In Orion Industries Ltd. (Trustee of) v Neil’s General Contracting Ltd. (2013 ABCA 330), the Alberta Court of Appeal (the “ABCA”) gave guidance on when a payment to a creditor on the eve of the debtor’s bankruptcy will be void against the debtor’s trustee in bankruptcy under the Bankruptcy and Insolvency Act (Canada) (the “BIA”).
Neil’s General Contracting Ltd. (“Neil’s”) dismantled a piece of equipment owned by Orion Industries Ltd. (“Orion”) at Orion’s request, and transported the disassembled equipment to a storage site owned by Neil’s. Orion planned to sell this disassembled equipment to generate much needed revenue. Neil’s, however, refused to release the disassembled equipment to Orion until it was paid for its services. Orion paid Neil’s for its services to get the equipment released. Within 3 months of this payment, Orion went bankrupt.
Orion’s trustee in bankruptcy (the “Trustee”) sought to set aside the payment made to Neil’s on the eve of bankruptcy as being void. The Trustee relied on section 95(1)(a) of the BIA which provides that a payment made by an insolvent person to a creditor within 3 months of the date of bankruptcy with a view to giving that creditor a preference is void as against the trustee in bankruptcy. Further, section 95(2) of the BIA creates a rebuttable presumption; if a payment to a creditor has the effect of giving that creditor a preference, such payment is presumed to have been made with a view of giving such creditor a preference. There is also a limitation on the evidence admissible to rebut this presumption; pursuant to section 95(2) of the BIA, evidence of the payment being made under pressure from the creditor is inadmissible to rebut the presumption.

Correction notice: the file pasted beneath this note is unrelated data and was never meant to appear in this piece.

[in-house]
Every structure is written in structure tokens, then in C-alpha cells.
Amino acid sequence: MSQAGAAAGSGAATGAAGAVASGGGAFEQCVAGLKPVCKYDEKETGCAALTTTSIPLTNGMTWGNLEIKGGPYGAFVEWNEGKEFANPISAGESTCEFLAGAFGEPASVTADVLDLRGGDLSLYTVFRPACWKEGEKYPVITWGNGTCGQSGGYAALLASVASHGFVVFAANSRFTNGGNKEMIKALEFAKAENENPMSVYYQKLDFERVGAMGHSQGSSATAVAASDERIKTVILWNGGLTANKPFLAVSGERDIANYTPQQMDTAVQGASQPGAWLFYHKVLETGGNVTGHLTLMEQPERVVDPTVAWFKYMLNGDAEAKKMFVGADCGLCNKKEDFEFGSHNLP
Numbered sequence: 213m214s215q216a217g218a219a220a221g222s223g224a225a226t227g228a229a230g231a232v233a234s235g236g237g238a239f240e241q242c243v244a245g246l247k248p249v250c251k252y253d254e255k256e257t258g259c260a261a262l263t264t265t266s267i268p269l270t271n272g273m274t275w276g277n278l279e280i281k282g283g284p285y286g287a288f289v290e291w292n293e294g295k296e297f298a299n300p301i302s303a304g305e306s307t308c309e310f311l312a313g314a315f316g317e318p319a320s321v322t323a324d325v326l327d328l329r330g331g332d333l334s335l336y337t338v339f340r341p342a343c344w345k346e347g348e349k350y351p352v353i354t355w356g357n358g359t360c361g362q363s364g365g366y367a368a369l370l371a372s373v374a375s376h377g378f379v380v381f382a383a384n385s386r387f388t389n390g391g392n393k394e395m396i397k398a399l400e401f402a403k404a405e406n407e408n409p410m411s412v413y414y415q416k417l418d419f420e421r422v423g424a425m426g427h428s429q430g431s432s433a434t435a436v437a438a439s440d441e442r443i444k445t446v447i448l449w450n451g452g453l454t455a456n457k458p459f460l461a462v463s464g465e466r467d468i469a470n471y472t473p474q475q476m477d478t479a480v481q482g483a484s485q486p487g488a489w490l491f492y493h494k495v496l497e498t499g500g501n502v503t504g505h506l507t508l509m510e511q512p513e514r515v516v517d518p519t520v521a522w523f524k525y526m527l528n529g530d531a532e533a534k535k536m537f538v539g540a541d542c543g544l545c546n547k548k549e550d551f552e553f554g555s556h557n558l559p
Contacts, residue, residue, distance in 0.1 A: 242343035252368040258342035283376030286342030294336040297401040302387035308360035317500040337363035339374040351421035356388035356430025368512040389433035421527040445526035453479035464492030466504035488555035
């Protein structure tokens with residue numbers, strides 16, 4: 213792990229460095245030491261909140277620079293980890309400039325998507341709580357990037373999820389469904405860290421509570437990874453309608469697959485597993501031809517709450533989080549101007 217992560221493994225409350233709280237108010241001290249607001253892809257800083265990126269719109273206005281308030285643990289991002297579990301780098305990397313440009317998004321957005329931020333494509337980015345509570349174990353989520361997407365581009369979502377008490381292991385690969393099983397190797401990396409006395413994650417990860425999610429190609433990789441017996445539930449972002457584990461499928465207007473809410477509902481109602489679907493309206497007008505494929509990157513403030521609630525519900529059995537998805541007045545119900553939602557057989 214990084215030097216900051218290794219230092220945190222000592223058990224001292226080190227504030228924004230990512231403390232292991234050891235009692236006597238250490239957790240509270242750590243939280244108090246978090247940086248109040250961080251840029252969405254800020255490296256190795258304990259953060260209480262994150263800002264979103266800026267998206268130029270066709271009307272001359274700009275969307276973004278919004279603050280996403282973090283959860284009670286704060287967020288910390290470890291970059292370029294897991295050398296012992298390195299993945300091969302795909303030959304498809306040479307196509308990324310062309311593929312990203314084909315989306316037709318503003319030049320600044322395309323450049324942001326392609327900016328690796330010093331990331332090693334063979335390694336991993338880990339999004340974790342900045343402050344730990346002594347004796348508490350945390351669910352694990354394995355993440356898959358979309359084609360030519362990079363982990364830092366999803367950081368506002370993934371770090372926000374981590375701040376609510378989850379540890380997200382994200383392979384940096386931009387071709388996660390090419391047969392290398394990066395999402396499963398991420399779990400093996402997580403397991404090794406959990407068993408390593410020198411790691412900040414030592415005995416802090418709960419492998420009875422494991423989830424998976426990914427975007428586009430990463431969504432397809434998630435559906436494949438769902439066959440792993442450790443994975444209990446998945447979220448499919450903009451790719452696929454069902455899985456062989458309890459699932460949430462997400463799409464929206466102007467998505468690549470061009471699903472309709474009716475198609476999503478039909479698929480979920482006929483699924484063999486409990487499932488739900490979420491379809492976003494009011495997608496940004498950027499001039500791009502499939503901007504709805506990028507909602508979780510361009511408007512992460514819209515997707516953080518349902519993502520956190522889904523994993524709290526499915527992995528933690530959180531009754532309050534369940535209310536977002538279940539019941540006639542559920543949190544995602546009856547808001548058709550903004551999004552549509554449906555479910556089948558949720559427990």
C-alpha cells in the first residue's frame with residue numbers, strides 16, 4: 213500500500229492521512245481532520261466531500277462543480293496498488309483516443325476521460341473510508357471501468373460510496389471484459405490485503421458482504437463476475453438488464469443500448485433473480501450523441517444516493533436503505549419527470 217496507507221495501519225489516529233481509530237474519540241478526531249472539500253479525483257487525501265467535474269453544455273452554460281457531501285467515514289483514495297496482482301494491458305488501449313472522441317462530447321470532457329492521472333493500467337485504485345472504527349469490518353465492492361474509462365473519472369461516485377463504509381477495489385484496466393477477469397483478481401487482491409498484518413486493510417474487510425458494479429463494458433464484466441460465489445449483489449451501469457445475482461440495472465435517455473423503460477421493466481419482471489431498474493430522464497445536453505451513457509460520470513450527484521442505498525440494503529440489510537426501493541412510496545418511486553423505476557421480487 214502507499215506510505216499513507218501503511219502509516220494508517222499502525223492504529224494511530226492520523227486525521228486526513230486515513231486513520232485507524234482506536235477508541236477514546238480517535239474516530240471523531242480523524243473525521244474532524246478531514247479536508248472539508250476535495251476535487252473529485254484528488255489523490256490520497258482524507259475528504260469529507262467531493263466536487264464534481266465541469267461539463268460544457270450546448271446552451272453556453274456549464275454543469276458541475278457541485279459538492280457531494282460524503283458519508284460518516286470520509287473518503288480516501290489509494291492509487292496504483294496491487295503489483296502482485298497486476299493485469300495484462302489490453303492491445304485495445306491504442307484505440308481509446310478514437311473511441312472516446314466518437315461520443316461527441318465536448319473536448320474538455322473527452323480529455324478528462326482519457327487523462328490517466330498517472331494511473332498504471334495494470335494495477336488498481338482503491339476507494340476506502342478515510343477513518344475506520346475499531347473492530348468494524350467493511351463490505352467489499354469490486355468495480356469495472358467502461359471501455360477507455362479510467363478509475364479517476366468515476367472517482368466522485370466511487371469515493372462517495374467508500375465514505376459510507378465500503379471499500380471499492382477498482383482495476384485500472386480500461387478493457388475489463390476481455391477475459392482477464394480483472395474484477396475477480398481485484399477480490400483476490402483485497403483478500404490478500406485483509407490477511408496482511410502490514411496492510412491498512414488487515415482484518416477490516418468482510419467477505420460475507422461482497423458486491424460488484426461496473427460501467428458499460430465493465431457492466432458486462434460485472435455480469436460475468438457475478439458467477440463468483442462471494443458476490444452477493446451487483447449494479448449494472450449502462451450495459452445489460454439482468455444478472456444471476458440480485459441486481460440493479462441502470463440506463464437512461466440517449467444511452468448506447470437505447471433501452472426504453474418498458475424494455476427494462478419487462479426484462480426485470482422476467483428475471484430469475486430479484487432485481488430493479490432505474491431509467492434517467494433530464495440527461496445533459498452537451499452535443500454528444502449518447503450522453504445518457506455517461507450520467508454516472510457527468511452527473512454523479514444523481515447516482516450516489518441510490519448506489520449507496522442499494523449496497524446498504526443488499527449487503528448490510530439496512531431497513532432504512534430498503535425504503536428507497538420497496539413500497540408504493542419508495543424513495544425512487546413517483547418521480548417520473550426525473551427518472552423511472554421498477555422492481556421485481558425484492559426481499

The impugned payment made to Neil’s was acknowledged to have given Neil’s a preference over other creditors of Orion. This triggered the rebuttable presumption in section 95(2) of the BIA. The issue, thus, was whether Neil’s had rebutted this presumption by proving that the payment was not intended to be preferential.
The ABCA dismissed the Trustee’s challenge to the impugned payment because the payment was held to have been made to further a commercial imperative. The payment to Neil’s was necessary to get the equipment released and to sell it to generate revenue, and the amount of revenue expected from the sale of the equipment was much higher than the impugned payment. Further, the chief financial officer of Orion testified that the impugned payment was made in the belief that if Neil’s was not paid, it could and would cause a major client of Orion to quit doing business with Orion, so as to put Orion out of business.
This evidence of a commercial imperative behind the impugned payment rebutted the presumption created by section 95(2) of the BIA. Further, there was no other evidence to establish that Orion made the payment to Neil’s with a view of giving Neil’s a preference.
The Trustee argued that the evidence of Neil’s refusing to release the equipment until it was paid and the ability of Neil’s to cause Orion to go out of business was evidence of pressure from Neil’s; and such evidence of pressure is inadmissible to rebut the presumption created by section 95(2) of the BIA. The bankruptcy judge and the ABCA, interestingly, dismissed this argument. The bankruptcy judge characterised the evidence as evidence of a commercial imperative which justified the payment; and not as evidence of pressure. The ABCA gave deference to the bankruptcy judge’s characterization of evidence. Therefore, the Trustee’s challenge to the impugned payment failed.
This ABCA decision, therefore, suggests that a preferential payment made by a debtor that appears to have been made under pressure from the recipient creditor may nevertheless withstand challenge by a trustee, provided there is evidence that the payment was made in furtherance of a commercial imperative.